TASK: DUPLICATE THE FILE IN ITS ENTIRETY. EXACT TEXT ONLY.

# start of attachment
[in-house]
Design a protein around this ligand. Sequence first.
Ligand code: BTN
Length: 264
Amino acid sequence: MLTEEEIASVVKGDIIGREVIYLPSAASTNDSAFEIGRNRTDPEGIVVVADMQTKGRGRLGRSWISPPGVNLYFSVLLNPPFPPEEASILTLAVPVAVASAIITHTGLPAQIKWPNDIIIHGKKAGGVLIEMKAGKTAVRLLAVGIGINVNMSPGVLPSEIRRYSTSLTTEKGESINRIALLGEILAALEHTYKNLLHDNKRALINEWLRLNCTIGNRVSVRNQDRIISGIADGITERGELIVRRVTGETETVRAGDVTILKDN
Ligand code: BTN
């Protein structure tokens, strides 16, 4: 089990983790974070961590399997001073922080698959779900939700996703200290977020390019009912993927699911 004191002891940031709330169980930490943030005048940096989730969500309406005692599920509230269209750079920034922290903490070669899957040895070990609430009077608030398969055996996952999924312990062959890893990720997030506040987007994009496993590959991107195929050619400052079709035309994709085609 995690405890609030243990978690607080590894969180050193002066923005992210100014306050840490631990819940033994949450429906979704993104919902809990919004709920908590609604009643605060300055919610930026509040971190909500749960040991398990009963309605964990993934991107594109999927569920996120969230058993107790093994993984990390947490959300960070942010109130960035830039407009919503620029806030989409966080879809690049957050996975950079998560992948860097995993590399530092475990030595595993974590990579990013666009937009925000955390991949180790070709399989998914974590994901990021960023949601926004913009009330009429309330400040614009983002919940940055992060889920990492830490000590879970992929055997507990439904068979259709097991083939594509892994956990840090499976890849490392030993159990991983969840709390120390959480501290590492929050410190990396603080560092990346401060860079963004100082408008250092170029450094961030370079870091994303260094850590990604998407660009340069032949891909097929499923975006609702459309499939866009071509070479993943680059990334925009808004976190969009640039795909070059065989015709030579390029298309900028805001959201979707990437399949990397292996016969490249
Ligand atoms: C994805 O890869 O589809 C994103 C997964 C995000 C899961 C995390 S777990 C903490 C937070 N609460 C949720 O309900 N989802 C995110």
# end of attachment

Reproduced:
[in-house]
Design a protein around this ligand. Sequence first.
Ligand code: BTN
Length: 264
Amino acid sequence: MLTEEEIASVVKGDIIGREVIYLPSAASTNDSAFEIGRNRTDPEGIVVVADMQTKGRGRLGRSWISPPGVNLYFSVLLNPPFPPEEASILTLAVPVAVASAIITHTGLPAQIKWPNDIIIHGKKAGGVLIEMKAGKTAVRLLAVGIGINVNMSPGVLPSEIRRYSTSLTTEKGESINRIALLGEILAALEHTYKNLLHDNKRALINEWLRLNCTIGNRVSVRNQDRIISGIADGITERGELIVRRVTGETETVRAGDVTILKDN
Ligand code: BTN
């Protein structure tokens, strides 16, 4: 089990983790974070961590399997001073922080698959779900939700996703200290977020390019009912993927699911 004191002891940031709330169980930490943030005048940096989730969500309406005692599920509230269209750079920034922290903490070669899957040895070990609430009077608030398969055996996952999924312990062959890893990720997030506040987007994009496993590959991107195929050619400052079709035309994709085609 995690405890609030243990978690607080590894969180050193002066923005992210100014306050840490631990819940033994949450429906979704993104919902809990919004709920908590609604009643605060300055919610930026509040971190909500749960040991398990009963309605964990993934991107594109999927569920996120969230058993107790093994993984990390947490959300960070942010109130960035830039407009919503620029806030989409966080879809690049957050996975950079998560992948860097995993590399530092475990030595595993974590990579990013666009937009925000955390991949180790070709399989998914974590994901990021960023949601926004913009009330009429309330400040614009983002919940940055992060889920990492830490000590879970992929055997507990439904068979259709097991083939594509892994956990840090499976890849490392030993159990991983969840709390120390959480501290590492929050410190990396603080560092990346401060860079963004100082408008250092170029450094961030370079870091994303260094850590990604998407660009340069032949891909097929499923975006609702459309499939866009071509070479993943680059990334925009808004976190969009640039795909070059065989015709030579390029298309900028805001959201979707990437399949990397292996016969490249
Ligand atoms: C994805 O890869 O589809 C994103 C997964 C995000 C899961 C995390 S777990 C903490 C937070 N609460 C949720 O309900 N989802 C995110």